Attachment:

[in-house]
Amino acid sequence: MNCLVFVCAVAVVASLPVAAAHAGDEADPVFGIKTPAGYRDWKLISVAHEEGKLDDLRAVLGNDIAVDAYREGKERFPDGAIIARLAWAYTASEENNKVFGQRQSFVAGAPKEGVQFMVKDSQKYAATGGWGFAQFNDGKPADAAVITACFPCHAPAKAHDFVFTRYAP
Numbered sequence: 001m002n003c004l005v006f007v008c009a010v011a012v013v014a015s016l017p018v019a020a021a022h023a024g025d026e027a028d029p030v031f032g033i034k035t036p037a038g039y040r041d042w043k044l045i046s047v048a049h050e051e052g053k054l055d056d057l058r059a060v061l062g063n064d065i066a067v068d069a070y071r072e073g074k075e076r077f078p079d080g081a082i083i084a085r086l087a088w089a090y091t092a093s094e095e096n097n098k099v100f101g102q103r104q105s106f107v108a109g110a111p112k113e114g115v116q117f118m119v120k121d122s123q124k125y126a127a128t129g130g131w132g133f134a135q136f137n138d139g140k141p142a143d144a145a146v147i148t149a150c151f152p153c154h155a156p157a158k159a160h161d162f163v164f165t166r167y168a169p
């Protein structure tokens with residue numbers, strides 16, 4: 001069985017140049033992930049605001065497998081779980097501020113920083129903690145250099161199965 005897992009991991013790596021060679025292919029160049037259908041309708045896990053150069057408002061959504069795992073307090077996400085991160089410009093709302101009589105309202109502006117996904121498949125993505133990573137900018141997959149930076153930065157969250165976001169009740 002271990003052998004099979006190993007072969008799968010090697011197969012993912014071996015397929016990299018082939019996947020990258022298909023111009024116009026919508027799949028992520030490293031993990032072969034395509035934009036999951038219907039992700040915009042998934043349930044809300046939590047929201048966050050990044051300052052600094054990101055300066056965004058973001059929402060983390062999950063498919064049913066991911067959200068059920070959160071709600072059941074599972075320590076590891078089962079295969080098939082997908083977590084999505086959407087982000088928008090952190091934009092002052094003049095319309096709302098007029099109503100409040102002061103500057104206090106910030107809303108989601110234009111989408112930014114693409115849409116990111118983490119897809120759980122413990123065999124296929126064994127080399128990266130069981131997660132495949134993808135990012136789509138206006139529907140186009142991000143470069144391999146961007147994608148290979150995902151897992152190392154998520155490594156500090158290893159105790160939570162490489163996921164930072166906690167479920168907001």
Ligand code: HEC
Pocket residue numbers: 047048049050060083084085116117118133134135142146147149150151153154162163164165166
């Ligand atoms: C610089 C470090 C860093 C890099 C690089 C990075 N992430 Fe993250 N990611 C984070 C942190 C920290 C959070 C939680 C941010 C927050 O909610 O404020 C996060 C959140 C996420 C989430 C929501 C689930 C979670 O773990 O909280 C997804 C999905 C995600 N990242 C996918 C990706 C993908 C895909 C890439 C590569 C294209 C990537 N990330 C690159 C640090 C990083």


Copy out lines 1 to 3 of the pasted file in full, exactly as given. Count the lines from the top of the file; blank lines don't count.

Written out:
[in-house]
Amino acid sequence: MNCLVFVCAVAVVASLPVAAAHAGDEADPVFGIKTPAGYRDWKLISVAHEEGKLDDLRAVLGNDIAVDAYREGKERFPDGAIIARLAWAYTASEENNKVFGQRQSFVAGAPKEGVQFMVKDSQKYAATGGWGFAQFNDGKPADAAVITACFPCHAPAKAHDFVFTRYAP
Numbered sequence: 001m002n003c004l005v006f007v008c009a010v011a012v013v014a015s016l017p018v019a020a021a022h023a024g025d026e027a028d029p030v031f032g033i034k035t036p037a038g039y040r041d042w043k044l045i046s047v048a049h050e051e052g053k054l055d056d057l058r059a060v061l062g063n064d065i066a067v068d069a070y071r072e073g074k075e076r077f078p079d080g081a082i083i084a085r086l087a088w089a090y091t092a093s094e095e096n097n098k099v100f101g102q103r104q105s106f107v108a109g110a111p112k113e114g115v116q117f118m119v120k121d122s123q124k125y126a127a128t129g130g131w132g133f134a135q136f137n138d139g140k141p142a143d144a145a146v147i148t149a150c151f152p153c154h155a156p157a158k159a160h161d162f163v164f165t166r167y168a169p